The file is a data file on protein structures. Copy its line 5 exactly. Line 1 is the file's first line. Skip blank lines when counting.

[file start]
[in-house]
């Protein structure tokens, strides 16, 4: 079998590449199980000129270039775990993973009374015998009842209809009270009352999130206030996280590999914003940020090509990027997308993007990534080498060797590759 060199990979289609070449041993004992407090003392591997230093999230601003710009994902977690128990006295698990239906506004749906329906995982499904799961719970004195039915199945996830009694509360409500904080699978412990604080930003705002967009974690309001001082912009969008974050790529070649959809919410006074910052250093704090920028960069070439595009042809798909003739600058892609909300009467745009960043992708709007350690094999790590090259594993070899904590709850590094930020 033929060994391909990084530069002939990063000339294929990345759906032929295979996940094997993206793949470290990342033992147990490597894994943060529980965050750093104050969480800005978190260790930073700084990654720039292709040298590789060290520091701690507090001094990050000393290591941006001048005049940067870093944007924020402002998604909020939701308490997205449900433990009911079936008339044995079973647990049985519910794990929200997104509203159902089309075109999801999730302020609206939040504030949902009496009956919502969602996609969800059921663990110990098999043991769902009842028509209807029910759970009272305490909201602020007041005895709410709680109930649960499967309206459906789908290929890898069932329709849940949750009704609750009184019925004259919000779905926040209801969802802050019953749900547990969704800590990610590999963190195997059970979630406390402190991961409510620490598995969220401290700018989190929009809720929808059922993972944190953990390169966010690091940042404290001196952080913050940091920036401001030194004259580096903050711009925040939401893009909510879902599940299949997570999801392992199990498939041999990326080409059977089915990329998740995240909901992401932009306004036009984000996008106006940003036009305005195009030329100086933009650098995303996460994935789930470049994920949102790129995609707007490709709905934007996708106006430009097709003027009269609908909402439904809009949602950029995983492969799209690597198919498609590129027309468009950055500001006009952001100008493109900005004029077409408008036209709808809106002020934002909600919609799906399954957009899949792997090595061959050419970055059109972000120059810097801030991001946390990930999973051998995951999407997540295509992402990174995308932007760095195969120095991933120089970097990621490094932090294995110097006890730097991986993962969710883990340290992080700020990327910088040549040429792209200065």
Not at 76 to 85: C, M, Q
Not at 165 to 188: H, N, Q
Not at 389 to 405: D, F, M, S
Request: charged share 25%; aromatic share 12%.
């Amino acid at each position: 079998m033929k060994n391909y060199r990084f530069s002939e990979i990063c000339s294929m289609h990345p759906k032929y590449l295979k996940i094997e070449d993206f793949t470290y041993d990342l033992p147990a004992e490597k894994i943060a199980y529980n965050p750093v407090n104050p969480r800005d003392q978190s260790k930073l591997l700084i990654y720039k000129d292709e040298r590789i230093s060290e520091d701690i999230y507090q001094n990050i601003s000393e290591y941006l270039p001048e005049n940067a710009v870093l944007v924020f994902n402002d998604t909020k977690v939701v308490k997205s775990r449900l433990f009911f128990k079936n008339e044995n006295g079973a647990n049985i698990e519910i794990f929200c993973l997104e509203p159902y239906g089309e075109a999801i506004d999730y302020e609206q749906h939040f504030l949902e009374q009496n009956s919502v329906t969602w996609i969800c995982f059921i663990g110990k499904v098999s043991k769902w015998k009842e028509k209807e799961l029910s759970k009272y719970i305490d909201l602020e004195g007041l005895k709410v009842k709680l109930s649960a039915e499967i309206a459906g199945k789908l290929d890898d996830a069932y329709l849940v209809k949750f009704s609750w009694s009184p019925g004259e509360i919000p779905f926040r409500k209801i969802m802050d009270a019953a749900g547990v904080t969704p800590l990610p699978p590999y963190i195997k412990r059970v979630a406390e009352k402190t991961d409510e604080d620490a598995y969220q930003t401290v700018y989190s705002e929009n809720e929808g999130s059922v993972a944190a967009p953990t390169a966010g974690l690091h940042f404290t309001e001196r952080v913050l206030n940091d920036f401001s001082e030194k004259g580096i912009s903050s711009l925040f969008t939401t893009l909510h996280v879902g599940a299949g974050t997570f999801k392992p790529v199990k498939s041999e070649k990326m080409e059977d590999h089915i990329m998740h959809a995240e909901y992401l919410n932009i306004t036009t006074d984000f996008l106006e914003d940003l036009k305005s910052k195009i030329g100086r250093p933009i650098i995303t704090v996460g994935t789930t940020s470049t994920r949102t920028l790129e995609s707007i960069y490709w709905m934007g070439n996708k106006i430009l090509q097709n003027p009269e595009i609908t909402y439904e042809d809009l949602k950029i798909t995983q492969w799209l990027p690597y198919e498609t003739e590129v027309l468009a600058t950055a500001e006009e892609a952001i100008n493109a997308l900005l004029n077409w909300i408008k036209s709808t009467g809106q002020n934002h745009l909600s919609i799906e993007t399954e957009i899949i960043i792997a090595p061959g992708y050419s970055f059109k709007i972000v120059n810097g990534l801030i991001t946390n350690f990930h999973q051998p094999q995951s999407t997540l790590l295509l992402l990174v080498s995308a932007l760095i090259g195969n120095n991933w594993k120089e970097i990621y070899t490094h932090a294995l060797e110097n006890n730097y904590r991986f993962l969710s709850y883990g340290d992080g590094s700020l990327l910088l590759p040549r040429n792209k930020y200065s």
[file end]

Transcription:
Not at 389 to 405: D, F, M, S